Tonal Adaptation Strategies in Èwùlù and Ùrhòbò Loanword Phonologies


  • Utulu, Don C. Department of Languages and Linguistics, Faculty of Arts, Delta State University, Abraka, Delta State, Nigeria
  • Ajiboye, Emuobonuvie Department of Languages and Linguistics, Faculty of Arts, Delta State University, Abraka, Delta State, Nigeria
  • M. and Ajede, Chika K. Department of Linguistics and African Languages, Faculty of Arts, University of Ibadan, Oyo State, Nigeria


Èwùlù, Ùrhòbò, loanword, tonal adaptation, English stress


Studies on tonal adaptation strategies in English loanwords of the Nigerian languages (NLs): Yoruba (Y), Hausa (H), Bini (B) and Emai (E) commonly translate the prosodic structure of the loanwords into native prosodic configurations. Translation of pitch melody of borrowed words in the NLs tends to be determined by the position of English word stress. Comparative/typological studies that independently examine such tonal adaptation in Nigerian smaller languages are scanty. Consequently, this paper examines the pattern of word stress adaptation into tone in English loanwords in Èwùlù (Igboid) and Ùrhòbò (Edoid), with a view to revealing the Èwùlù and Ùrhòbò tonal adaptation features common to Y, H, B and E but specific to Èwùlù and/or Ùrhòbò. The empirical observations of data are explained with Autosegmental Theory (Goldsmith, 1976), which formally expresses the relations that hold between the tone loans, tone bearing units and CV nodes operating at different tiers. Findings of this study show/confirm that the English citation pitch accent H*L% basically governs the domain of adaptation of (H)igh tone and (L)ow in loans. Moreover, findings reveal that inserted vowels in CC-clusters in Èwùlù and Ùrhòbò loans are inherently toneless, acquiring their tones from adjacent tones. However, the study identifies two salient peculiar patterns: (1) Ùrhòbò assigns low tone on intervening V element in CC-cluster, a domain characteristically assigned H tone in Èwùlù, Y, H, B, and E. (2) Ùrhòbò regularly simplifies source H*L% as /H/ in adapted source CVC, a context where Èwùlù and the aforementioned NLs rather adapt /H.L/ melody to realise vowel doubling. To this end, the current researcher recommends further comparative or typological studies on English loanwords in other NLs to further identify patterns of tone adaptation and resyllabification rules in loanwords similar to those of Urhobo in particular.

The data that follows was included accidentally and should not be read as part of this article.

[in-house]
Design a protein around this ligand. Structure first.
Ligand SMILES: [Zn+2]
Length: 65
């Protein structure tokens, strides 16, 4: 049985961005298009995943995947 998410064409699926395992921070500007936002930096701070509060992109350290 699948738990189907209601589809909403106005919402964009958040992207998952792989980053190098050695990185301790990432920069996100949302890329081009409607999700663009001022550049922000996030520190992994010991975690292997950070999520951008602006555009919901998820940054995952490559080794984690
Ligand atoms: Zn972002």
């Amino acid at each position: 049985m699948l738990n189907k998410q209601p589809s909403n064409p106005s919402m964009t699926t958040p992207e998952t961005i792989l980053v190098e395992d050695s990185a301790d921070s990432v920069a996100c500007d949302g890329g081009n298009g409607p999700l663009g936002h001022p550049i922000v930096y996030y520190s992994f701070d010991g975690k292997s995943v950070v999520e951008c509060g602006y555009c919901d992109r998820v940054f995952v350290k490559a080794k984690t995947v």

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How to Cite

Utulu, Don C., Ajiboye, Emuobonuvie, & M. and Ajede, Chika K. (2020). Tonal Adaptation Strategies in Èwùlù and Ùrhòbò Loanword Phonologies. International Journal of Linguistics, Literature and Translation, 3(9), 87-96.